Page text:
SCARBOROUGH, Maine (NEWS CENTER) -- When Donna Betts' son took his own life at the age of 23, she was devastated.
"My oldest son, Josh, developed depression, and that went really fast," she recounted. "Within a matter of 6 months, he had died from suicide."
"I remember before he died, oh my gosh, I knew something was wrong and I just... I tried calling and getting doctors appointments and he didn't have insurance and they didn't let me make appointments."
"Right after Josh died... it was horrendous," she admitted. "I had such a hard time seeing families with little children. I just, I couldn't deal with it. I was just thinking, oh my god, look at all these little kids, which one is going to grow up and kill themselves?"
Betts had to put on a brave face in those dark days, as she struggled to seek help for her youngest son, Luke, who was diagnosed as bi-polar when he was 15.
"It was a nightmare trying to find help for him. I didn't know where to go. I didn't know he was ill," explained Betts. "We tried counselors and treatment programs and I just felt like I was hanging out there."
That desperation, dealing with what she describes as a fractured mental health system, while acting as a mother, counselor and health care provider for her family lead Betts to create a new nonprofit organization, Family Hope, designed to help families find the services and support they need for their loved ones dealing with mental illnesses.
"Family Hope is a resource connection for people who care about someone with mental illness," she explained. "There are a lot of resources out there, so I found after Josh died, that there was help out there for me at that time, I just didn't know about it."
Using her knowledge from years spent fighting to help her family, and the connections she has made with mental health professionals and organizations, Betts has created a website and helpline that act as a starting point for people who know they need help, but do not know where to find it.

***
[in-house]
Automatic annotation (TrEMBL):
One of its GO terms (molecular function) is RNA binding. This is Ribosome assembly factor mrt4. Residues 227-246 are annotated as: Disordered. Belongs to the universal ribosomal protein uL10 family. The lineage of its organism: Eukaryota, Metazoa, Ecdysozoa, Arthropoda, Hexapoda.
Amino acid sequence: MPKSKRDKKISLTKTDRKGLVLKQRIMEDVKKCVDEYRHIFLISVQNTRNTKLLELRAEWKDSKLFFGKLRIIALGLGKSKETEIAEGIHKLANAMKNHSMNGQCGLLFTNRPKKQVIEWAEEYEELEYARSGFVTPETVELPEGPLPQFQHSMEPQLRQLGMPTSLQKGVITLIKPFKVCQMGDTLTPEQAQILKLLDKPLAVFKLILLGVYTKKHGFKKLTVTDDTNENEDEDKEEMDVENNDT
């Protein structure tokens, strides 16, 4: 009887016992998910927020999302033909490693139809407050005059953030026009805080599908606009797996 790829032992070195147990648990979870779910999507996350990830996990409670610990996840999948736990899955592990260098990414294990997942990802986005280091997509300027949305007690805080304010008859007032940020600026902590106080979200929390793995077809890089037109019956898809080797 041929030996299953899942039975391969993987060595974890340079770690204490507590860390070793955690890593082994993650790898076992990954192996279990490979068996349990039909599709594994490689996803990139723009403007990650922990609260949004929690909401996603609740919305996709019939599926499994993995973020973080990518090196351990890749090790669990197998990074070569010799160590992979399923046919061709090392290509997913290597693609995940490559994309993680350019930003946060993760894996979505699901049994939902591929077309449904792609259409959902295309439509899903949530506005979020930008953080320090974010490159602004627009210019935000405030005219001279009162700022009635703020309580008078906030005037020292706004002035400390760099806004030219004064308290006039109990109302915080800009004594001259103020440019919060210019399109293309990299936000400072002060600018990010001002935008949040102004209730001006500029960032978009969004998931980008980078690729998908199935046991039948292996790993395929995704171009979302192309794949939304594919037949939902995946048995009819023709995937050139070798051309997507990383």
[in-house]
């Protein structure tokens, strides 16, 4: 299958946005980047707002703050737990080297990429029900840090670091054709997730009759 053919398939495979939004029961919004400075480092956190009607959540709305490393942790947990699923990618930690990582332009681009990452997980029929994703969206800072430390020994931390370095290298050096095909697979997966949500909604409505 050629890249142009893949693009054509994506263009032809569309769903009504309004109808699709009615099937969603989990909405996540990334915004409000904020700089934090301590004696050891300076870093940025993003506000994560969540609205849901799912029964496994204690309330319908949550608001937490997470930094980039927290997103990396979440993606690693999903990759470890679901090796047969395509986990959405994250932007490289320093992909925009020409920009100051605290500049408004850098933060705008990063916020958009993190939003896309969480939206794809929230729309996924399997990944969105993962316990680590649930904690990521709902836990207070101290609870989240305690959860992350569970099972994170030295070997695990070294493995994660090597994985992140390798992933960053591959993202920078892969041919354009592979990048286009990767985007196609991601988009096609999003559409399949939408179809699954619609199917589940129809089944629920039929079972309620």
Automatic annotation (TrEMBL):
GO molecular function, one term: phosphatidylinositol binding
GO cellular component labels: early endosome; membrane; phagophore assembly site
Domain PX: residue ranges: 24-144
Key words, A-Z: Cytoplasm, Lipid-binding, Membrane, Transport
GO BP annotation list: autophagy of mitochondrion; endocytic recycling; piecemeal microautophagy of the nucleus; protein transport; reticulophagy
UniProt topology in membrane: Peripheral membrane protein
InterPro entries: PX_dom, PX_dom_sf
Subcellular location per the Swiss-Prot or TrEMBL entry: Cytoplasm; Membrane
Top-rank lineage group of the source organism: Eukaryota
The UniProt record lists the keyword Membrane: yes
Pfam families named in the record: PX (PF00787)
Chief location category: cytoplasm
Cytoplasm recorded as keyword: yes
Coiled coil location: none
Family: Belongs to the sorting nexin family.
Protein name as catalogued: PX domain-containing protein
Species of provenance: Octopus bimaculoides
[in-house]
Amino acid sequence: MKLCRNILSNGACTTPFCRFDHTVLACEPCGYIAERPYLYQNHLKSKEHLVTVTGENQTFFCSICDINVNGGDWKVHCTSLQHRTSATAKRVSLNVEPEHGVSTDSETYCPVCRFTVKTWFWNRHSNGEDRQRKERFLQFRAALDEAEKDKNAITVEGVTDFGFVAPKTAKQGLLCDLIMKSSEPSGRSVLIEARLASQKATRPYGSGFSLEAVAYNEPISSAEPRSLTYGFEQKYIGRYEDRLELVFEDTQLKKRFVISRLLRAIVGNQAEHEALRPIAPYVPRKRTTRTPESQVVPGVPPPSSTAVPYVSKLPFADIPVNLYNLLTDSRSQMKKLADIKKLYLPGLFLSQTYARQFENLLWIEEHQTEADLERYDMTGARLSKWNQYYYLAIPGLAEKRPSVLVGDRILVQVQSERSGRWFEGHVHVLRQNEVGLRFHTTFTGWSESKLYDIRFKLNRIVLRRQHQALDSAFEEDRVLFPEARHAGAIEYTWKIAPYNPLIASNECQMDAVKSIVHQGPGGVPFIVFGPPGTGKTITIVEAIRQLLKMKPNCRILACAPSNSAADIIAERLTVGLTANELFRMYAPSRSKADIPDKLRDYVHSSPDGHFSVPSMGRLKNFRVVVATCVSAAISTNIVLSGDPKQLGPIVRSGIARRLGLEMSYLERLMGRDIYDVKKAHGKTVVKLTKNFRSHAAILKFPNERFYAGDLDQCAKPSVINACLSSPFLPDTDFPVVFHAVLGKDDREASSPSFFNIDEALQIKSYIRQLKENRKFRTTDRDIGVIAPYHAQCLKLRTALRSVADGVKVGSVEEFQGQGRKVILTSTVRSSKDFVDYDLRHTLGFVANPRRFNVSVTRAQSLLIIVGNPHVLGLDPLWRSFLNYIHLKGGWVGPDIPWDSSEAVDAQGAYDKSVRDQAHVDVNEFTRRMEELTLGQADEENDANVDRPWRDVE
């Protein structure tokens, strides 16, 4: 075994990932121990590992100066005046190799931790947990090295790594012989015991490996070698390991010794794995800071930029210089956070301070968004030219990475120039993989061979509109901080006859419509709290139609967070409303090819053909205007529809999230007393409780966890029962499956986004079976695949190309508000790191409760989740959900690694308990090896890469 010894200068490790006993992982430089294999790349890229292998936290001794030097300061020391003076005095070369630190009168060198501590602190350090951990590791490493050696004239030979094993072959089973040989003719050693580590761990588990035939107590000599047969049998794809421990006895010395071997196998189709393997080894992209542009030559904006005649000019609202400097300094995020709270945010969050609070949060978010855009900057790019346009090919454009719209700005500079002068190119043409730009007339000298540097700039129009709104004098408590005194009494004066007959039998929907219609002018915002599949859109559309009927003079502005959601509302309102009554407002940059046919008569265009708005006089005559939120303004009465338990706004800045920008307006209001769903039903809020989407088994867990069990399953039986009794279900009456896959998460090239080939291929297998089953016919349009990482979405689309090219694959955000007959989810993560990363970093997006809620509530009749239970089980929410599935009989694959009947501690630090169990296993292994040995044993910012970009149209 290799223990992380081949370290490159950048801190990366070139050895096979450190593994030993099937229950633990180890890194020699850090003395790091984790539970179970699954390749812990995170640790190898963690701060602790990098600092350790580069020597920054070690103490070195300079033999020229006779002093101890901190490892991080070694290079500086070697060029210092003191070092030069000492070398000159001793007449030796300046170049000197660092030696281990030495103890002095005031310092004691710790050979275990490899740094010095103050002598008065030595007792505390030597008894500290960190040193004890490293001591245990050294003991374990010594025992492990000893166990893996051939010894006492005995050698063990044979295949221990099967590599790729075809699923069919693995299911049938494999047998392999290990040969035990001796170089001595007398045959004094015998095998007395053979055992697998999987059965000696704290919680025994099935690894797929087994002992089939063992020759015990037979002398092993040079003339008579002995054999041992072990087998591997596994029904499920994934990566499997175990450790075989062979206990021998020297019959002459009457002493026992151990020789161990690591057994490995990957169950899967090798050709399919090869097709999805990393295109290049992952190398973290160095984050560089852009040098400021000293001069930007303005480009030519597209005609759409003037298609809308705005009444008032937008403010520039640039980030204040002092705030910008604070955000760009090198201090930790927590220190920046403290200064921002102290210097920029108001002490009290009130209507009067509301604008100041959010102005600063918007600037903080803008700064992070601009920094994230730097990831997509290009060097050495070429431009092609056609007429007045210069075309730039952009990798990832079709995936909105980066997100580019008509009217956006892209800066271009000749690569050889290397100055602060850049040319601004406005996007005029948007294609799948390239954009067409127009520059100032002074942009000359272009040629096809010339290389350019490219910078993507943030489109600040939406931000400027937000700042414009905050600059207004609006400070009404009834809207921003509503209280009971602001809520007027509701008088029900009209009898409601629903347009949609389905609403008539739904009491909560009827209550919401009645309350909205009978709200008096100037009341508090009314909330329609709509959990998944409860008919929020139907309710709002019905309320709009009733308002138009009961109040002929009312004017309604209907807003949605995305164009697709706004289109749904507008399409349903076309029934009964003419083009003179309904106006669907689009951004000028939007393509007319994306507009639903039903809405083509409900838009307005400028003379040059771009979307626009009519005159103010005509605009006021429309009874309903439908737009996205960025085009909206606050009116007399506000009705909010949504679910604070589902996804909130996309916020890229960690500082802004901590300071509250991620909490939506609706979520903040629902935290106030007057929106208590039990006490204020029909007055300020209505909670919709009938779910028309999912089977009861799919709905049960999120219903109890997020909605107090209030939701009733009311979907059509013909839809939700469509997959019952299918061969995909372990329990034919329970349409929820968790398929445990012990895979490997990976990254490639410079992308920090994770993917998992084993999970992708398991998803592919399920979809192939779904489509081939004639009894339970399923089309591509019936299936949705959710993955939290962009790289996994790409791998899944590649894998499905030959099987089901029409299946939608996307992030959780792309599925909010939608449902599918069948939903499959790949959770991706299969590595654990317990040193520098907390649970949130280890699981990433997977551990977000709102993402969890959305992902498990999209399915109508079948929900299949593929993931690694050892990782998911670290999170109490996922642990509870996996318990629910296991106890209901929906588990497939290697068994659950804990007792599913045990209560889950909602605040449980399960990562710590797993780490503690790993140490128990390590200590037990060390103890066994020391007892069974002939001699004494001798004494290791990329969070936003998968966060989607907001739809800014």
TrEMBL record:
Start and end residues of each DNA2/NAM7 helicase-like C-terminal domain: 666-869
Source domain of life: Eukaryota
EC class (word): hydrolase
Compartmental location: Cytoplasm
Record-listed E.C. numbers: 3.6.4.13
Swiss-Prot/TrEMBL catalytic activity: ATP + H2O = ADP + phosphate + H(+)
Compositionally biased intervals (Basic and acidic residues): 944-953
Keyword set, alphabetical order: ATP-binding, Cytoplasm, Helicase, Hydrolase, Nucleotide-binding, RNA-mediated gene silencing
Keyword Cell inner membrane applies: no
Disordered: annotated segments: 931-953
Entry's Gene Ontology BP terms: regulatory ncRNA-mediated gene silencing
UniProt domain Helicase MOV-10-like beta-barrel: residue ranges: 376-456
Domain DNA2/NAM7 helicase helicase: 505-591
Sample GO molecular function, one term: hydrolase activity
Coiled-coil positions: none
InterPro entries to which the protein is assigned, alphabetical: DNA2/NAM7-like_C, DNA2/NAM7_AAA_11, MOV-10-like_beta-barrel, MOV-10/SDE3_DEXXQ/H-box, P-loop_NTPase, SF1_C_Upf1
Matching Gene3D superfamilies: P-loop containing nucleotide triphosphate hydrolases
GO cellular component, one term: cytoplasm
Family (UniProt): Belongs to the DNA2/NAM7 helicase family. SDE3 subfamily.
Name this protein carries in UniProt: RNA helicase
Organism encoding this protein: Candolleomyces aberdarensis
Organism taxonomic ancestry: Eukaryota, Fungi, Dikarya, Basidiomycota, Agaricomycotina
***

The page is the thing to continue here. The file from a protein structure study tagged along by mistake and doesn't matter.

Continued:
"A lot of times, family members don't know what they need," said Betts. "So if you don't know what type of service you need, how do you know who to call?"
"Family members are asked to do a really hard job, with very little training and no support," stated Creighton Taylor, a volunteer mental health awareness advocate.
"If somebody had had open heart surgery, you would certainly come home with just a sheet of instructions, like if the area is red and warm it means you might need to go see the doctor," she explained. "Well, we don't get any instructions, and often our loved ones are still ill and can be hallucinating or having delusions or psychotic; and I didn't learn how to speak psychotic. No one ever taught me that language and it is a very subtle, nuanced language."
Taylor, who has experienced the triumphs and tribulations that come with having a loved one with mental illness herself, believes Family Hope will help provide direction for people lost in the mental health care system.
"I want to see families get the support and training they need to do the incredibly difficult job that we are asked to do," she said. "I know a lot of these families they are just frantic, and worried and concerned and scared, and they have no where to turn, they don't know how to get help, and that is why Family Hope is such a great resource."
In addition to providing information about resources available to help them, Family Hope also has a section to help provide words of encouragement and support from others who have fought the same battles, something Creighton Taylor says was missing when she sought help for her family member.
"I really didn't think there was any hope. I thought our family's life was over. I certainly thought that my children's lives were over in many ways. The hopes and dreams that we had for them were just shattered," she recalled. "I mean it was a different world we were entering, and nobody said to me, recovery is possible, nobody said to me don't give up hope."
"I don't want another family to go through what we went through," said Betts, who admits her son Luke is still struggles every day to deal with his mental illness. "With Family Hope, our efforts are three pronged; educate, encourage and guide. That is all we want to do, is help families."
Betts says Family Hope is an organization dedicated to helping families find resources, and is not a service provider or designed to help people in crisis. You can contact them at 207-396-4313 if you need help finding programs or information.
If you're afraid your loved one is thinking about suicide or you want to talk to someone NOW:
•Call the Maine Mental Health Crisis Hotline at 1-888-568-1112 to connect to your closest crisis center for professional guidance, follow-up care and support.
•Or, for a Maine emergency, call 911 and tell them it's a mental health concern. Provide the diagnosis (if you have it) and tell them whether or not you've called the Maine Crisis Hotline.